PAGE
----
Why didn't you give him your number? You had nothing to lose.

CallaLily said...

"Why didn't you give him your number? You had nothing to lose."

Because she shouldn't have had to. We want to be asked.

Ugh, this has happened to me too, where the sparks are flying and all the signs are there, and I'm doing my best to give him the subliminal go-ahead......and nothing. I think they turn coward at the last second. Oh well. Next!

Anonymous said...

My cynical guess is he was NOT there with his mother!

coasta said...

He definitely lost his nerve. Hell, he might not even have considered making the move....while wanting to nonetheless. Everything in American society today discourages regular guys from making a move, IMO. Maybe cause most were raised by women? Dunno.

Hell, i grew up thinking the girl called all the shots. Never spoke to a girl i didn't know until i was 20.

I comment like this, cause I see a lot of myself in this guy. I used to have this same scenario play over and over.

Anonymous said...

might of been a nice guy but maybe he was married or something. Better to not know and enjoy that moment than to get involved and hate many moments after that.

Not to change the subject but last time I wen to Atlantic City. Like 3 years ago. I was walking on the Boardwalk I think near Ballys and there was a woman that was on a stretcher with no arms and no legs and would play a keyboard with her tongue.

She was pretty good. just wondering if she is still there

Buffy said...

It's a small world.

You'll see him again.

Just wait.

(P.S. Loved the 'the family that gambles together stays together' line!) :)

Dolly said...

Charlie,
I think Callalilly pretty much answered that one for me.

Anonymous and DS,
I don't know, he seemed pretty bashful about being there with Mom and I got single vibes from the guy. But who knows.

Buffy,
I love your optimism! I need to take a page out of your book and get with the positive thinking again.

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Anonymous said...

Yeah, be the man and all that stuff... I won't talk here about my wussing out problems.

Please indulge us young boys, we will get it someday.

Dolly said...

It's okay, Charlie. I've done the asking out before and I know it can be tough. And hey, feel free to talk about wussing out problems. We all have our social retard moments.

dman said...

>>"Why didn't you give him your number? You had nothing to lose."

> Because she shouldn't have had to. We want to be asked.

well d'oh! of course you would like to be asked, a bet every single guy in the world would love to be asked for his number by a hot chick too.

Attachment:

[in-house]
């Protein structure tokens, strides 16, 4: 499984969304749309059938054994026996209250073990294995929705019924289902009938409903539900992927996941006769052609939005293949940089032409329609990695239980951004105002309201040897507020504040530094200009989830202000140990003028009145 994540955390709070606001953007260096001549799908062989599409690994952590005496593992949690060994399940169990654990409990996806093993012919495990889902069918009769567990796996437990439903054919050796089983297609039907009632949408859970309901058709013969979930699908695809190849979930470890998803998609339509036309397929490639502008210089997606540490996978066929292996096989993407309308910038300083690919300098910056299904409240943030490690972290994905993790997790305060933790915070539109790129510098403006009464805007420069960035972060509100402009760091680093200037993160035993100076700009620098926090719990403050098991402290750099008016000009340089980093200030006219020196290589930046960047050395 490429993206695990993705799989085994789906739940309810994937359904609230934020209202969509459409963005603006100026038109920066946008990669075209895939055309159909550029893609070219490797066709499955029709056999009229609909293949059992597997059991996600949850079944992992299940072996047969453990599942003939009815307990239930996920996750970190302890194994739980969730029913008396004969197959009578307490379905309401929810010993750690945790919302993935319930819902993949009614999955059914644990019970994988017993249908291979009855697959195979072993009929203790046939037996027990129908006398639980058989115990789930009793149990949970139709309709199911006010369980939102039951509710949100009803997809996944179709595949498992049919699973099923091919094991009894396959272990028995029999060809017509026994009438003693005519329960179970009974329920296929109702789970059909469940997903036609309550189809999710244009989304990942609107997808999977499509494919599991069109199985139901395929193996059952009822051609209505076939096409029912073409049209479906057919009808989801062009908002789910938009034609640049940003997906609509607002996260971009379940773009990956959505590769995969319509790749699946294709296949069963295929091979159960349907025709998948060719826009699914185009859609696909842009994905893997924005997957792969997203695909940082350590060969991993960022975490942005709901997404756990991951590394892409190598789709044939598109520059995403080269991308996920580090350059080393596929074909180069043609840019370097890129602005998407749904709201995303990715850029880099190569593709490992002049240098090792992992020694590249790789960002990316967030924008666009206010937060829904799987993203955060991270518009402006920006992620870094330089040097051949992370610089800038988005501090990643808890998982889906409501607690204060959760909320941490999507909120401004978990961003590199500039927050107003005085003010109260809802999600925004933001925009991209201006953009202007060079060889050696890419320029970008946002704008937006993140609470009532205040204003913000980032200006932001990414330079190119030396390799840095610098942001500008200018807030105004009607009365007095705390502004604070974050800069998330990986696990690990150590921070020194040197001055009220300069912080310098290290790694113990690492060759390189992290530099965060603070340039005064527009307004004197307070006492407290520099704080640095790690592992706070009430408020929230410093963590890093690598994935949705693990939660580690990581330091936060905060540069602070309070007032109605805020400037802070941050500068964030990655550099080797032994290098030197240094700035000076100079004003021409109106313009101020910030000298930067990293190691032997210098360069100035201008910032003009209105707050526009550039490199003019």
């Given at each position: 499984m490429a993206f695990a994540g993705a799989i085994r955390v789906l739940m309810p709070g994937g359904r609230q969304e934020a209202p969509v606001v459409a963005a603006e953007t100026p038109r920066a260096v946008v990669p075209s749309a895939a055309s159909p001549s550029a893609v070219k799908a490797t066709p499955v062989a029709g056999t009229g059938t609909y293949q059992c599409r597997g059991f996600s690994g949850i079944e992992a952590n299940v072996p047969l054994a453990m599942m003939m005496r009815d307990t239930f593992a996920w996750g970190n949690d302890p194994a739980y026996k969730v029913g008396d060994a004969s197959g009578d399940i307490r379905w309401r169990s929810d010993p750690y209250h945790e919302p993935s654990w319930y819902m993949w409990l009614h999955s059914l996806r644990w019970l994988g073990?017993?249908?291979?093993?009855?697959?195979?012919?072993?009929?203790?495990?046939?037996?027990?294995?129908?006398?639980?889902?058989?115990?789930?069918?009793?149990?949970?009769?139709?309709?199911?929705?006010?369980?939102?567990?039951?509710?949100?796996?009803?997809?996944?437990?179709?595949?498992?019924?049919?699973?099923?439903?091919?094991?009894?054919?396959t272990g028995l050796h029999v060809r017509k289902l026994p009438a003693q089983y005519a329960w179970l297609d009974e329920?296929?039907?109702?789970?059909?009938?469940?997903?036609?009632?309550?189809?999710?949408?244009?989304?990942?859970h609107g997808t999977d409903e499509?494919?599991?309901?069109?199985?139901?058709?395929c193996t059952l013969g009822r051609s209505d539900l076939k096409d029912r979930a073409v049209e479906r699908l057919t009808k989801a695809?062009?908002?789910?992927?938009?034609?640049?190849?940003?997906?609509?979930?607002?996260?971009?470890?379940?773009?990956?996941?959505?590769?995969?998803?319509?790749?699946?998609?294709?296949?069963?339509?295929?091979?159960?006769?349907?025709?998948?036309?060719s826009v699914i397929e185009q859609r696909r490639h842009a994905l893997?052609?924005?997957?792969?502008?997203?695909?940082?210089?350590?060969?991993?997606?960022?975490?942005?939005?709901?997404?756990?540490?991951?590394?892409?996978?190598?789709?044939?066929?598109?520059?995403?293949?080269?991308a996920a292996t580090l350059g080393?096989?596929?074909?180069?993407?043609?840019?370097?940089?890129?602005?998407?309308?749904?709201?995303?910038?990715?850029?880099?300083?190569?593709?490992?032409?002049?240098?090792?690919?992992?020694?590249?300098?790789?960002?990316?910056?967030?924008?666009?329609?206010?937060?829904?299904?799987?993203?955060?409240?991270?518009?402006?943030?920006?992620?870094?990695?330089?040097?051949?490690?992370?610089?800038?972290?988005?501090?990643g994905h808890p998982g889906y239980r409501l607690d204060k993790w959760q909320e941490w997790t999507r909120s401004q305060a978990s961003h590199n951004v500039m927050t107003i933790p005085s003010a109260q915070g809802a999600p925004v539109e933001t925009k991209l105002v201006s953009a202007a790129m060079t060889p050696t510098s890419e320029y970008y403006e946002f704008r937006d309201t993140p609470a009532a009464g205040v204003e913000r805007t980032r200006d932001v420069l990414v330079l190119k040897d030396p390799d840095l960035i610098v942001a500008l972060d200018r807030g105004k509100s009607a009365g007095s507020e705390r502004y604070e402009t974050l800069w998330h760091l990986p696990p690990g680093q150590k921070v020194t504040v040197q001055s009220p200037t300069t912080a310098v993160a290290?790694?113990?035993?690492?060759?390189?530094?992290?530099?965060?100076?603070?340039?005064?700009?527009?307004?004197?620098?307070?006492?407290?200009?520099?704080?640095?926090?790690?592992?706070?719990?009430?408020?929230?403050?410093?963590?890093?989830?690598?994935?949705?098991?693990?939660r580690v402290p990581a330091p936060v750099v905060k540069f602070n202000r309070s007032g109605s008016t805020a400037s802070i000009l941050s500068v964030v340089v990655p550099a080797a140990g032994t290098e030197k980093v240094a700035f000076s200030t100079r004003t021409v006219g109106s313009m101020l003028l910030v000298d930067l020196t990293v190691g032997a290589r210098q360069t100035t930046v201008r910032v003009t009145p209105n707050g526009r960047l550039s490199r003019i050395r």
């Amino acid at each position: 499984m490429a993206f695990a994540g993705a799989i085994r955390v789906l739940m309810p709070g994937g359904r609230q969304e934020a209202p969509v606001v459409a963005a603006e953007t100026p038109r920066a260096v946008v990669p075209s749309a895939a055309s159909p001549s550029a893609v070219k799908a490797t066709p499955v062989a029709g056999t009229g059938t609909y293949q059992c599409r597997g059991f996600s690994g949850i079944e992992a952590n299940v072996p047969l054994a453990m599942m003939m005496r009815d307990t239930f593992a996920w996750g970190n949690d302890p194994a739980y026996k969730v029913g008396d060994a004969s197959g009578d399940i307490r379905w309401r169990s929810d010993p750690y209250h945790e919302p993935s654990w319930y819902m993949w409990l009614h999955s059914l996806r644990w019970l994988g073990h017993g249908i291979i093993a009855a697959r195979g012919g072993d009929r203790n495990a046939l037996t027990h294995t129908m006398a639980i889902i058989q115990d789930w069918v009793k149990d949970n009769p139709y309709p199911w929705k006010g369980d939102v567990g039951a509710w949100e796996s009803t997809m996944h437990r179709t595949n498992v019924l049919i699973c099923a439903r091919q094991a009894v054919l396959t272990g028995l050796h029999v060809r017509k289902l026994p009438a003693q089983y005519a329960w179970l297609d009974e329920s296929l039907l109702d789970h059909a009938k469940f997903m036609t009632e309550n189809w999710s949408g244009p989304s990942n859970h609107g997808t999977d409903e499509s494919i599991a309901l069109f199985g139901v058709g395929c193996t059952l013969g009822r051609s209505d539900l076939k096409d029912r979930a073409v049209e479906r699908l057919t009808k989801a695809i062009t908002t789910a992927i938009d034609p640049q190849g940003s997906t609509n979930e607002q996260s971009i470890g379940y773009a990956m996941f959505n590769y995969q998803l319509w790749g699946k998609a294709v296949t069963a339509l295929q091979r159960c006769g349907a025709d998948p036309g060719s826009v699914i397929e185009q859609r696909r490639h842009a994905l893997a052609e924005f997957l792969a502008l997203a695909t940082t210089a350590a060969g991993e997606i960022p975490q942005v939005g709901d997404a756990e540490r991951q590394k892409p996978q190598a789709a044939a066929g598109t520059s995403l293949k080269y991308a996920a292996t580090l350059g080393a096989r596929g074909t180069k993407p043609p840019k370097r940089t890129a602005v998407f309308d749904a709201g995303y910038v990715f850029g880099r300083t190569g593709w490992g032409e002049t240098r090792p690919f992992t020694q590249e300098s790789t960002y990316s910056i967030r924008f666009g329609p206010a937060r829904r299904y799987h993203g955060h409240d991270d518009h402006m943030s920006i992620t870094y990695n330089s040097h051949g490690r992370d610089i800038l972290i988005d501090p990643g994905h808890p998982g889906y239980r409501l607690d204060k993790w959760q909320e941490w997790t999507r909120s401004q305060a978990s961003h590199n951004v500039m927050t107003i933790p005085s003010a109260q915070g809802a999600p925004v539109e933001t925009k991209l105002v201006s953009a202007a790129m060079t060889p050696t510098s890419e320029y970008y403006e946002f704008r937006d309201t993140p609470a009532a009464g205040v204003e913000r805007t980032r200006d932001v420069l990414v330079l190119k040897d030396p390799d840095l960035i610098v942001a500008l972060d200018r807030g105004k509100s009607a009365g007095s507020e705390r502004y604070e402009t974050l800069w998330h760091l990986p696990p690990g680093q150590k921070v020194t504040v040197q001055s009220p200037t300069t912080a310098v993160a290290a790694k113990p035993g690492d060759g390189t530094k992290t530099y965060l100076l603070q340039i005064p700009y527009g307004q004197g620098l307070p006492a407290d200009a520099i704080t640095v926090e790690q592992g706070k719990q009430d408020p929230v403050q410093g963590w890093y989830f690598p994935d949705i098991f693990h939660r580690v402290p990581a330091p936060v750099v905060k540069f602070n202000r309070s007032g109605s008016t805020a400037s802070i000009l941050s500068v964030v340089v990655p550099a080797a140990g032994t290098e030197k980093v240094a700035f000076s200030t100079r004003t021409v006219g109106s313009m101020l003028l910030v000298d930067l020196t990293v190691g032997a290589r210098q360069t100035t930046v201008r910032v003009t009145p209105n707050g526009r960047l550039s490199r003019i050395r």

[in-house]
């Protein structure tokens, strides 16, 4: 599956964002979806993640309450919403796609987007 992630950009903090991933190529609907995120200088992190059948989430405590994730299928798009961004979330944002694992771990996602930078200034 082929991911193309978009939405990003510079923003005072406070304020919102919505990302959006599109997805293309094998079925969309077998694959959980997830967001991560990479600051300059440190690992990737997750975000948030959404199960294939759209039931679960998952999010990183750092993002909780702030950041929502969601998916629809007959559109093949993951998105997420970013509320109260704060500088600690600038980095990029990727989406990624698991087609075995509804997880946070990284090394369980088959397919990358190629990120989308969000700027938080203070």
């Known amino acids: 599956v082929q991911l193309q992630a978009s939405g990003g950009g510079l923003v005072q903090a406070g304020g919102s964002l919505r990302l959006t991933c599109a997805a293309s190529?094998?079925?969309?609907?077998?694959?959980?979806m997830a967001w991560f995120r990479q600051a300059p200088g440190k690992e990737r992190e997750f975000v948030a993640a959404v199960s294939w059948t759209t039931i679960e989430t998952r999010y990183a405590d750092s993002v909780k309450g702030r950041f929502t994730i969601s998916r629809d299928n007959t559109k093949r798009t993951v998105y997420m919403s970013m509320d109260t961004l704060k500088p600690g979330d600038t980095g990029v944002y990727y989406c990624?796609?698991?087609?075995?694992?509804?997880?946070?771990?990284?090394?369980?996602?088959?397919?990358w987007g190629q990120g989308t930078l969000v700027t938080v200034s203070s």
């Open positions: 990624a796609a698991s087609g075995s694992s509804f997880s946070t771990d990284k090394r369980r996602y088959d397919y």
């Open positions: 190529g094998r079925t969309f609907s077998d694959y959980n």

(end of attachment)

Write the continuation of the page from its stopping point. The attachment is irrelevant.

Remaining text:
everybody feels the fear, males AND females. sometimes you just have to suck it in and act upon it

Dolly said...

Dman,
Having done the pursuing and been the pursued, I know the latter is better for me. Call me old fashioned, but if a guy is going to be too lazy and cowardly that he can't ask for my number, he's not somebody I want to be with. I prefer to be with somebody less passive, who is man enough to take control of the situation. But that's just my preference.

zosnut said...

Mind you, I remember doing the same thing with two (Swedish) girls.
I was actually almost proud to say goodbye, without asking for anything. I thought asking for an e-mail would have destroyed the purity of our little discussion.
Or maybe I was just being stupid, after all.

We're not necessarily cowards (well, we are, but that's not the point), but asking for a phone number at the end of a conversation makes us feel like beggars. Some of us, at least. Except if the girl has expressed in some light-hearted way the wish to meet again - in which case asking for her number is an act of chivalry, which we indulge in.

Dolly said...

Zosnut,
There are casual ways you can get a number from a girl without actually asking for it. Saying something like, "we should get a cup of coffee sometime..." gets the message across without being needy. If a woman is interested, she will volunteer contact information. And believe it or not, a little nervousness can be endearing!

zosnut said...

I appreciate the feedback.
Yet, my gut feeling is that "we should get a cup of coffee sometime..." sounds even worse ;-)
Or maybe with the right intonation.

And I must say that we too really appreciate when a girl is confident and honest enough to say that she'd be happy to see you again. A good sign, in my book.

When I make the first step, I'm pleased if she makes one small step too. (It's a kind of small dance, which can be very natural and pleasant. Everything becomes simple. Nobody gets pursued.)
Otherwise... well, she's not interested, next one.

Dolly said...

Zosnut,
I get what you're saying. There should be reciprocity, always. I suppose I have become more old fashioned recently, but I do think men should lead the dance as far as asking out goes. At the same time, I'm sure women could stand to be more approachable and communicate their interest more effectively. Neither sex is perfect!